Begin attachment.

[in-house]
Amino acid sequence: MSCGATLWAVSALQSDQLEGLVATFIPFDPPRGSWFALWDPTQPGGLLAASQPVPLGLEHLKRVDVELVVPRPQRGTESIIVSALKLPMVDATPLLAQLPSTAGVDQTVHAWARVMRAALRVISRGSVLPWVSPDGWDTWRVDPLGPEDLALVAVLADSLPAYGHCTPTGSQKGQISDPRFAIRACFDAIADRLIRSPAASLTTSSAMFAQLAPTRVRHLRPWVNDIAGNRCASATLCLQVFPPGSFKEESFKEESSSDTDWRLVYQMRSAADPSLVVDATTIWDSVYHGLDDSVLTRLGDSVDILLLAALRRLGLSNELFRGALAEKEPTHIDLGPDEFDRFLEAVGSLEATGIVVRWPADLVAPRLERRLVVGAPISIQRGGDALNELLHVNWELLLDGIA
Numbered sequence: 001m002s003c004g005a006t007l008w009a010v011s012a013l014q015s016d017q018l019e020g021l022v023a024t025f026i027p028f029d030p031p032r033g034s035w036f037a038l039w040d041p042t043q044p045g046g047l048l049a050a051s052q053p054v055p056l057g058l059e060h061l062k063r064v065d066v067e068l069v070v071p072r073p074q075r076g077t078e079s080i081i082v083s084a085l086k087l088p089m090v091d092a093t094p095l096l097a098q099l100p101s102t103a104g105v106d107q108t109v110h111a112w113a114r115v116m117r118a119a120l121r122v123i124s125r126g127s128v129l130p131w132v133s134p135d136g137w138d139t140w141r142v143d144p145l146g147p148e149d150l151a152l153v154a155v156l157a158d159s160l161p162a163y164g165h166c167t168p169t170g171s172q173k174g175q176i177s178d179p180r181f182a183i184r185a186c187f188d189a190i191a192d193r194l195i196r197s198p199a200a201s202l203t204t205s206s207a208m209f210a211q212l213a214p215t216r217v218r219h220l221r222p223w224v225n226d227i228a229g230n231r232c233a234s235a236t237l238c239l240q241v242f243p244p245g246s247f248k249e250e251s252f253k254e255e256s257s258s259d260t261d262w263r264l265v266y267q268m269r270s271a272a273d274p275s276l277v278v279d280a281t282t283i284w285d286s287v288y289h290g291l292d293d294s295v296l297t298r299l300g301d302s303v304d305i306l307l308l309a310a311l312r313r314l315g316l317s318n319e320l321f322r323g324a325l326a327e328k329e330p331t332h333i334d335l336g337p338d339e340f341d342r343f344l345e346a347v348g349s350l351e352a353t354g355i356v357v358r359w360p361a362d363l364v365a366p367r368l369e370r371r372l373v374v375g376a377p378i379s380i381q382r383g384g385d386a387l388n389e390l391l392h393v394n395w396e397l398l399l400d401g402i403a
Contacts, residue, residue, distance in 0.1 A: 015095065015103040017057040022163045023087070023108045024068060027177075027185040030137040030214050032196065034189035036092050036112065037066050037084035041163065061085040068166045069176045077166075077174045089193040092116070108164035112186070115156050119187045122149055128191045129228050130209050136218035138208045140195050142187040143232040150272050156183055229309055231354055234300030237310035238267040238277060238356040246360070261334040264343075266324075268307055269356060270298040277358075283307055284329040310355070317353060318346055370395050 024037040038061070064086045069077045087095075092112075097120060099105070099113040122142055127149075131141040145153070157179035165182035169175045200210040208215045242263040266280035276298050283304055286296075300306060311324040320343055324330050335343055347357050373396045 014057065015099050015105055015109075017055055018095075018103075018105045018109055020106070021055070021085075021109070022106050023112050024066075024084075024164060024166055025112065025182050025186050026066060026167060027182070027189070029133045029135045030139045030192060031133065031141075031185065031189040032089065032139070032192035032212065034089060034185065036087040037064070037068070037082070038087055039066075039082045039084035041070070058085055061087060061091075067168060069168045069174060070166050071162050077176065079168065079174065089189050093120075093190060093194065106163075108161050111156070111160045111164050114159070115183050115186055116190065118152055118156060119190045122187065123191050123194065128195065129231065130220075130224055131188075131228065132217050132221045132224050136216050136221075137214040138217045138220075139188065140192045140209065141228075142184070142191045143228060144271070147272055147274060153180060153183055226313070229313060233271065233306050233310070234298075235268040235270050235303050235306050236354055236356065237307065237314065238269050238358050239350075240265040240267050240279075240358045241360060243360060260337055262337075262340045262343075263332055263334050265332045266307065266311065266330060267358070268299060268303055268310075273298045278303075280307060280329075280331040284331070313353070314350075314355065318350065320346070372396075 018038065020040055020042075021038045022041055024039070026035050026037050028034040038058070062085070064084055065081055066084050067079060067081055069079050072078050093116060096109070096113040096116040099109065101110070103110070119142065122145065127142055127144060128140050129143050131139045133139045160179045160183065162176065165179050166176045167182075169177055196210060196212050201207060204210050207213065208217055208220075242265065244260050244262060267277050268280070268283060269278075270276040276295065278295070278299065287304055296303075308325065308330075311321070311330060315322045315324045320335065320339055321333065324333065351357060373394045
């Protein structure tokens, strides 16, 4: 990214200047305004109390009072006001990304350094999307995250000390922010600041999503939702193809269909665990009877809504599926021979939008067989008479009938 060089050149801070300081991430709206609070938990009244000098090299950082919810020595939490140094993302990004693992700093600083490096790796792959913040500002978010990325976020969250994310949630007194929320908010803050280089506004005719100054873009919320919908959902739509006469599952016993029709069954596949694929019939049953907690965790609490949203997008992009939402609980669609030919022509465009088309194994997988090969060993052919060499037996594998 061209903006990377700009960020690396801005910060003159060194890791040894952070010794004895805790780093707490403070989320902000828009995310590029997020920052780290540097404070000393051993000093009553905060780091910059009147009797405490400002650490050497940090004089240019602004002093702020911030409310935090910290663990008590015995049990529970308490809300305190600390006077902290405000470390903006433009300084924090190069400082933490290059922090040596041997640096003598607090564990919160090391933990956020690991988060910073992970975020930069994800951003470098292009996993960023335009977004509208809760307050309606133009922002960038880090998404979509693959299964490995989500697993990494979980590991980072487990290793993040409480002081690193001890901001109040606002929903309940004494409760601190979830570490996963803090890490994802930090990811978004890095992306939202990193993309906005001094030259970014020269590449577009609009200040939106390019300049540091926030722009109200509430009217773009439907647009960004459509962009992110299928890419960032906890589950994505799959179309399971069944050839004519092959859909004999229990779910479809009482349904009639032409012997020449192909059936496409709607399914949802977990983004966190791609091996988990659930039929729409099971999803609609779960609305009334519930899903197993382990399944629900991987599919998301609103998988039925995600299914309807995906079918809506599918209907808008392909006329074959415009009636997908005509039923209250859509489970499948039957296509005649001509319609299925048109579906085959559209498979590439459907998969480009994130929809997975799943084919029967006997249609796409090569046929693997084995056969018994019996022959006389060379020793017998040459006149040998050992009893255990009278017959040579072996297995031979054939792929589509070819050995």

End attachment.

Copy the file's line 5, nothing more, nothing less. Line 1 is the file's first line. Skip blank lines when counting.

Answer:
């Protein structure tokens, strides 16, 4: 990214200047305004109390009072006001990304350094999307995250000390922010600041999503939702193809269909665990009877809504599926021979939008067989008479009938 060089050149801070300081991430709206609070938990009244000098090299950082919810020595939490140094993302990004693992700093600083490096790796792959913040500002978010990325976020969250994310949630007194929320908010803050280089506004005719100054873009919320919908959902739509006469599952016993029709069954596949694929019939049953907690965790609490949203997008992009939402609980669609030919022509465009088309194994997988090969060993052919060499037996594998 061209903006990377700009960020690396801005910060003159060194890791040894952070010794004895805790780093707490403070989320902000828009995310590029997020920052780290540097404070000393051993000093009553905060780091910059009147009797405490400002650490050497940090004089240019602004002093702020911030409310935090910290663990008590015995049990529970308490809300305190600390006077902290405000470390903006433009300084924090190069400082933490290059922090040596041997640096003598607090564990919160090391933990956020690991988060910073992970975020930069994800951003470098292009996993960023335009977004509208809760307050309606133009922002960038880090998404979509693959299964490995989500697993990494979980590991980072487990290793993040409480002081690193001890901001109040606002929903309940004494409760601190979830570490996963803090890490994802930090990811978004890095992306939202990193993309906005001094030259970014020269590449577009609009200040939106390019300049540091926030722009109200509430009217773009439907647009960004459509962009992110299928890419960032906890589950994505799959179309399971069944050839004519092959859909004999229990779910479809009482349904009639032409012997020449192909059936496409709607399914949802977990983004966190791609091996988990659930039929729409099971999803609609779960609305009334519930899903197993382990399944629900991987599919998301609103998988039925995600299914309807995906079918809506599918209907808008392909006329074959415009009636997908005509039923209250859509489970499948039957296509005649001509319609299925048109579906085959559209498979590439459907998969480009994130929809997975799943084919029967006997249609796409090569046929693997084995056969018994019996022959006389060379020793017998040459006149040998050992009893255990009278017959040579072996297995031979054939792929589509070819050995």